As for the semiconductor industry, silicon has ruled like a king in the field of electronics, but it is coming to an end with its physical limits.
To power the grid, locomotives, and even electric cars more efficiently, scientists at Lawrence Livermore National Laboratory (LLNL) are turning to diamond as a semiconductor with a wide bandwidth.
Diamond has been shown to have superior carrier mobility, break the electric field and thermal conductivity, the most important properties for powering electronic devices. This has become particularly desirable following the development of a chemical precipitation process (CVD) for the growth of high quality single crystals.
The team investigated the properties of such synthetically made diamonds that are of better quality than natural ones. “In electronics, you want to start with the cleanest possible material so that you can shape it into a device with the desired properties,” said LLNL physicist Paulius Grivickas, the lead author of the paper that appeared. Letters of applied physics.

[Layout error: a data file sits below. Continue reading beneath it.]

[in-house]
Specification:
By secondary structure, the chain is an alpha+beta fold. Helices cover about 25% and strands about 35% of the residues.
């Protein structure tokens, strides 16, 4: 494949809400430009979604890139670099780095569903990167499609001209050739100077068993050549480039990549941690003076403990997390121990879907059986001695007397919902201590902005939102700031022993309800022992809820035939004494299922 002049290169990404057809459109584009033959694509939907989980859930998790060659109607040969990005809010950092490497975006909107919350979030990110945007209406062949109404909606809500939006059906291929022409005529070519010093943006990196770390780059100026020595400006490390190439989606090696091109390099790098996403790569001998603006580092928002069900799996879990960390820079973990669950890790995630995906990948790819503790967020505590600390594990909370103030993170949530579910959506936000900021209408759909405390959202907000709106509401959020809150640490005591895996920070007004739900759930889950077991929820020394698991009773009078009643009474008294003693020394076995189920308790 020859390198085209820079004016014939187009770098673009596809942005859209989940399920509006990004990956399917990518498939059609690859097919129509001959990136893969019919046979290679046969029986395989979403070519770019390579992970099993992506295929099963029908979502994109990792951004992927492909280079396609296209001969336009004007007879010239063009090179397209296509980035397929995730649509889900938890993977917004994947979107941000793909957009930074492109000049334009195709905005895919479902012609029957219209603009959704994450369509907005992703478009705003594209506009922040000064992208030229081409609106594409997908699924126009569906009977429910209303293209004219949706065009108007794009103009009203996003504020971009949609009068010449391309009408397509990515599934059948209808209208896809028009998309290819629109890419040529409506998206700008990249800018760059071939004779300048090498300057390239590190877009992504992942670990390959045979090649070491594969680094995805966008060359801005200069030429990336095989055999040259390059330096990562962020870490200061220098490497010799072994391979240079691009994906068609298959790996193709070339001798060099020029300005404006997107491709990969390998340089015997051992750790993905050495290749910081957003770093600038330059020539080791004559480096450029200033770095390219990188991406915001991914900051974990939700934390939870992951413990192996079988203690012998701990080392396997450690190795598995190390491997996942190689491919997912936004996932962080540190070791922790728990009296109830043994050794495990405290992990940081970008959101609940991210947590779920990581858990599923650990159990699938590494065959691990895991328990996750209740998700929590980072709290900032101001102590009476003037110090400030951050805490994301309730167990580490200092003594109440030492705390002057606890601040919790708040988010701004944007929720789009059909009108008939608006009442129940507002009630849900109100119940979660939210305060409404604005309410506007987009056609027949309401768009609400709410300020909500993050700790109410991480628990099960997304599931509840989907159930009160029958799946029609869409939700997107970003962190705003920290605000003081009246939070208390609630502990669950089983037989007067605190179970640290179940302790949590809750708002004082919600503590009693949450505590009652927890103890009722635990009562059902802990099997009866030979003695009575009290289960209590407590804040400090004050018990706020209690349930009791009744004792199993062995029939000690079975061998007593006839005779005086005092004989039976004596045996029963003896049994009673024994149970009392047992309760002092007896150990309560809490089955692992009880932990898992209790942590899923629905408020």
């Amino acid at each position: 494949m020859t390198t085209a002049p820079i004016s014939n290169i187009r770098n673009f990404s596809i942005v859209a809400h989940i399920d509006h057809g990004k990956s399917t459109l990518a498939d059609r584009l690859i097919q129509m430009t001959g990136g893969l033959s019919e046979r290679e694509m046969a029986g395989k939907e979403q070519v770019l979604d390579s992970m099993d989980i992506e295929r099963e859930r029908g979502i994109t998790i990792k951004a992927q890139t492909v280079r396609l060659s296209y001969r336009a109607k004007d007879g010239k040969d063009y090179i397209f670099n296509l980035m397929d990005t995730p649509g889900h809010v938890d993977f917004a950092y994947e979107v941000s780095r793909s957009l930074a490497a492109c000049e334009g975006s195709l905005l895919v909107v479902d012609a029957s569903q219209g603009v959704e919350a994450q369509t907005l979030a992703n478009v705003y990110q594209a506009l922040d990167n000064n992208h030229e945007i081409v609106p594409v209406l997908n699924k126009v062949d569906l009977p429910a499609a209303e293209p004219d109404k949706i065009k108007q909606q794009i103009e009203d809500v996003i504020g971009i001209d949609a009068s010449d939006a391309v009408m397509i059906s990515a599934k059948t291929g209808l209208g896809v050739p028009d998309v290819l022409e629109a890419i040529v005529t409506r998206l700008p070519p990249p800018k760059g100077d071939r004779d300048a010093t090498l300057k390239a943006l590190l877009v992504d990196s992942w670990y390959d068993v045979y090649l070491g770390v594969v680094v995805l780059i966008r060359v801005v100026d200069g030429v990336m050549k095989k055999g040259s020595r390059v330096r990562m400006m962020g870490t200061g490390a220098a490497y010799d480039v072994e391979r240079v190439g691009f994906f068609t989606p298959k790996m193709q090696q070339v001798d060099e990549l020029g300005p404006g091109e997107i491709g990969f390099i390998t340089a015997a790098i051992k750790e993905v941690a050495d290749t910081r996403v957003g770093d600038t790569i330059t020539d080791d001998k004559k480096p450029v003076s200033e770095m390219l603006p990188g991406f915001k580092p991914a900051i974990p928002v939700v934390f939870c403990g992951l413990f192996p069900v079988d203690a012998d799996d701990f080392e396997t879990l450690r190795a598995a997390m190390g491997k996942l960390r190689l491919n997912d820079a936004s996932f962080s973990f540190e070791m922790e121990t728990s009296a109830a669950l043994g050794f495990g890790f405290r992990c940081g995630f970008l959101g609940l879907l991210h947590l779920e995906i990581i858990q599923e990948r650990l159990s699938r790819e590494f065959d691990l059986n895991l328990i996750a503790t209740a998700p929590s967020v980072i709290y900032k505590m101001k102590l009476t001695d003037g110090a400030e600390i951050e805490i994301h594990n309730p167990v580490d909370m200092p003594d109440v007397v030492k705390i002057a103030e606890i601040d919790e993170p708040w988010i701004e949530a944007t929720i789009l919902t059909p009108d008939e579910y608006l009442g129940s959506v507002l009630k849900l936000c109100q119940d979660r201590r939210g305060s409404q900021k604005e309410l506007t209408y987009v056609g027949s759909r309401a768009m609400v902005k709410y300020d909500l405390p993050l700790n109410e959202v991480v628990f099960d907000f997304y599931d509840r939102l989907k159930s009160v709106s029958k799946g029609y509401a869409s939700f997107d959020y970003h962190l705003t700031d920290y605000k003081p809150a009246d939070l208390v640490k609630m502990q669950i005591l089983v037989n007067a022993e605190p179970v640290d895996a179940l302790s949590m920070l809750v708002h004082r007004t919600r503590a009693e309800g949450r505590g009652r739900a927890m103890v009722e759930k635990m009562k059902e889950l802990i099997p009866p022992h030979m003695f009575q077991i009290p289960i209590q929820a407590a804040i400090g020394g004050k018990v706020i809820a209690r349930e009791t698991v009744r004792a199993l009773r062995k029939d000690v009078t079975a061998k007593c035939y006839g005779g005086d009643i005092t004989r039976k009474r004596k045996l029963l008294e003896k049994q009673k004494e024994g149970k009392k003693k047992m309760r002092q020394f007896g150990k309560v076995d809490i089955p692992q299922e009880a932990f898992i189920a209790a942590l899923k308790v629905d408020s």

In photoconductive devices, the best combination of conductivity and frequency response is achieved by introducing impurities that control the life of the carrier recombination. The researchers found that diamond is a cheap and easy alternative to this approach by electron radiation, which results in recombination defects by ejecting lattice atoms.
“We said to ourselves‘ let’s take this high quality CVD diamond and radiate it to see if we can adjust the lifespan of the wearer, ”Grivackas said. “We finally figured out which radiation defect is responsible for the life of the carrier and how the defect behaves under annealing at technologically relevant temperatures.”
Photoconductive diamond switches produced in this way can be used, for example, in an electrical network to control electric and voltage shocks, which can burn equipment. Current silicon switches are large and bulky, but those based on diamonds can achieve the same with a device that could fit on the tip of a finger, Grivickas said.
The research also has applications in energy delivery systems where the team has demonstrated the possibility of generating a megawatt-class radio frequency, which requires optimizing the high-frequency diamond response.
Preparation of a single crystal diamond for electronics
P. Grivickas et al. Recombination and diffusion of high purity diamond carriers after electron radiation and annealing, Letters of applied physics (2020). DOI: 10.1063 / 5.0028363
Provided by Lawrence Livermore National Laboratory
Citation: Diamonds are no longer just for jewelry (2020, December 22) downloaded on December 23, 2020 from https://phys.org/news/2020-12-diamonds-jewelry-anymore.html
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